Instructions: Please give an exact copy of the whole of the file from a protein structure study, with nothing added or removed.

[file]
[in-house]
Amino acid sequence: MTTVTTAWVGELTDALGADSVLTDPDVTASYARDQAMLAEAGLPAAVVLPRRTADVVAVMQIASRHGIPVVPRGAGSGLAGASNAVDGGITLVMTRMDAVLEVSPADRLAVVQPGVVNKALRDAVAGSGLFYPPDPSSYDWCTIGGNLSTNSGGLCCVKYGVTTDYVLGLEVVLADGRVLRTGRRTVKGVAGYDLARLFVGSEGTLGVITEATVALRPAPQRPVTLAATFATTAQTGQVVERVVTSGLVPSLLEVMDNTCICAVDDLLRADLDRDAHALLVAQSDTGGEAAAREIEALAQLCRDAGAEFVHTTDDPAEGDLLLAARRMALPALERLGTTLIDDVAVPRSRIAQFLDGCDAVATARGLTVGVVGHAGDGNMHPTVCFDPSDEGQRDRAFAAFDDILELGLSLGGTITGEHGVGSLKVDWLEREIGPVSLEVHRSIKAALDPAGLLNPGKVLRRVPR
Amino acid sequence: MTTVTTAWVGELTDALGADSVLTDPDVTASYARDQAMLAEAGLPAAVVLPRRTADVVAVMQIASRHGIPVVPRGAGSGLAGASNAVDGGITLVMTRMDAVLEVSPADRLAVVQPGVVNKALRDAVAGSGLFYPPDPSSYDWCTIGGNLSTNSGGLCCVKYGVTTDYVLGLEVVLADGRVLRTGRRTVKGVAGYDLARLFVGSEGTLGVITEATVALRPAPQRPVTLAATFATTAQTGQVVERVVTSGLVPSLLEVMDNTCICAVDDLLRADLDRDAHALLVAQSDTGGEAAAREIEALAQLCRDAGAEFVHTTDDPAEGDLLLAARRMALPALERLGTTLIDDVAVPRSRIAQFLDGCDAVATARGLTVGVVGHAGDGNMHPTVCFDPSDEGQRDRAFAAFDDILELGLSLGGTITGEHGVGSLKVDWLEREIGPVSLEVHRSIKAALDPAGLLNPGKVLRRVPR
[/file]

[in-house]
Amino acid sequence: MTTVTTAWVGELTDALGADSVLTDPDVTASYARDQAMLAEAGLPAAVVLPRRTADVVAVMQIASRHGIPVVPRGAGSGLAGASNAVDGGITLVMTRMDAVLEVSPADRLAVVQPGVVNKALRDAVAGSGLFYPPDPSSYDWCTIGGNLSTNSGGLCCVKYGVTTDYVLGLEVVLADGRVLRTGRRTVKGVAGYDLARLFVGSEGTLGVITEATVALRPAPQRPVTLAATFATTAQTGQVVERVVTSGLVPSLLEVMDNTCICAVDDLLRADLDRDAHALLVAQSDTGGEAAAREIEALAQLCRDAGAEFVHTTDDPAEGDLLLAARRMALPALERLGTTLIDDVAVPRSRIAQFLDGCDAVATARGLTVGVVGHAGDGNMHPTVCFDPSDEGQRDRAFAAFDDILELGLSLGGTITGEHGVGSLKVDWLEREIGPVSLEVHRSIKAALDPAGLLNPGKVLRRVPR
Amino acid sequence: MTTVTTAWVGELTDALGADSVLTDPDVTASYARDQAMLAEAGLPAAVVLPRRTADVVAVMQIASRHGIPVVPRGAGSGLAGASNAVDGGITLVMTRMDAVLEVSPADRLAVVQPGVVNKALRDAVAGSGLFYPPDPSSYDWCTIGGNLSTNSGGLCCVKYGVTTDYVLGLEVVLADGRVLRTGRRTVKGVAGYDLARLFVGSEGTLGVITEATVALRPAPQRPVTLAATFATTAQTGQVVERVVTSGLVPSLLEVMDNTCICAVDDLLRADLDRDAHALLVAQSDTGGEAAAREIEALAQLCRDAGAEFVHTTDDPAEGDLLLAARRMALPALERLGTTLIDDVAVPRSRIAQFLDGCDAVATARGLTVGVVGHAGDGNMHPTVCFDPSDEGQRDRAFAAFDDILELGLSLGGTITGEHGVGSLKVDWLEREIGPVSLEVHRSIKAALDPAGLLNPGKVLRRVPR